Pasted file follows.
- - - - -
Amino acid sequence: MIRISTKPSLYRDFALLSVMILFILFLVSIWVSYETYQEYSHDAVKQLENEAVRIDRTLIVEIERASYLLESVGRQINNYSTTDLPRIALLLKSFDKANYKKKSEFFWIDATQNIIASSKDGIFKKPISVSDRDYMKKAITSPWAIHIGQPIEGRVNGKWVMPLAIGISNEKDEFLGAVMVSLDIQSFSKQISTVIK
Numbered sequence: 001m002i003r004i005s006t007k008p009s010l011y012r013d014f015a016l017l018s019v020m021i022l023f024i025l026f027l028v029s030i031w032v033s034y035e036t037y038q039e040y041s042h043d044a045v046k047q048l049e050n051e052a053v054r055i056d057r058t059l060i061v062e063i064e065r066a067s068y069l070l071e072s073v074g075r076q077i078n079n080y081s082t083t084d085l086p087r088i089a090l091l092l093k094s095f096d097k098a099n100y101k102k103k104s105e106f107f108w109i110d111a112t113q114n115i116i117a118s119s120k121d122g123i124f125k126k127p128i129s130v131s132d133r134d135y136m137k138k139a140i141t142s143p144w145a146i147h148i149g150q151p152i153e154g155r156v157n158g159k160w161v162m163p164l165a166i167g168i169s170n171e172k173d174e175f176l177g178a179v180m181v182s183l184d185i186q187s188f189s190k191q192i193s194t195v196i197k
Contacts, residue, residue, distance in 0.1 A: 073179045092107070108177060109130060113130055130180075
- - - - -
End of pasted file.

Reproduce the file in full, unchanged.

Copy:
Amino acid sequence: MIRISTKPSLYRDFALLSVMILFILFLVSIWVSYETYQEYSHDAVKQLENEAVRIDRTLIVEIERASYLLESVGRQINNYSTTDLPRIALLLKSFDKANYKKKSEFFWIDATQNIIASSKDGIFKKPISVSDRDYMKKAITSPWAIHIGQPIEGRVNGKWVMPLAIGISNEKDEFLGAVMVSLDIQSFSKQISTVIK
Numbered sequence: 001m002i003r004i005s006t007k008p009s010l011y012r013d014f015a016l017l018s019v020m021i022l023f024i025l026f027l028v029s030i031w032v033s034y035e036t037y038q039e040y041s042h043d044a045v046k047q048l049e050n051e052a053v054r055i056d057r058t059l060i061v062e063i064e065r066a067s068y069l070l071e072s073v074g075r076q077i078n079n080y081s082t083t084d085l086p087r088i089a090l091l092l093k094s095f096d097k098a099n100y101k102k103k104s105e106f107f108w109i110d111a112t113q114n115i116i117a118s119s120k121d122g123i124f125k126k127p128i129s130v131s132d133r134d135y136m137k138k139a140i141t142s143p144w145a146i147h148i149g150q151p152i153e154g155r156v157n158g159k160w161v162m163p164l165a166i167g168i169s170n171e172k173d174e175f176l177g178a179v180m181v182s183l184d185i186q187s188f189s190k191q192i193s194t195v196i197k
Contacts, residue, residue, distance in 0.1 A: 073179045092107070108177060109130060113130055130180075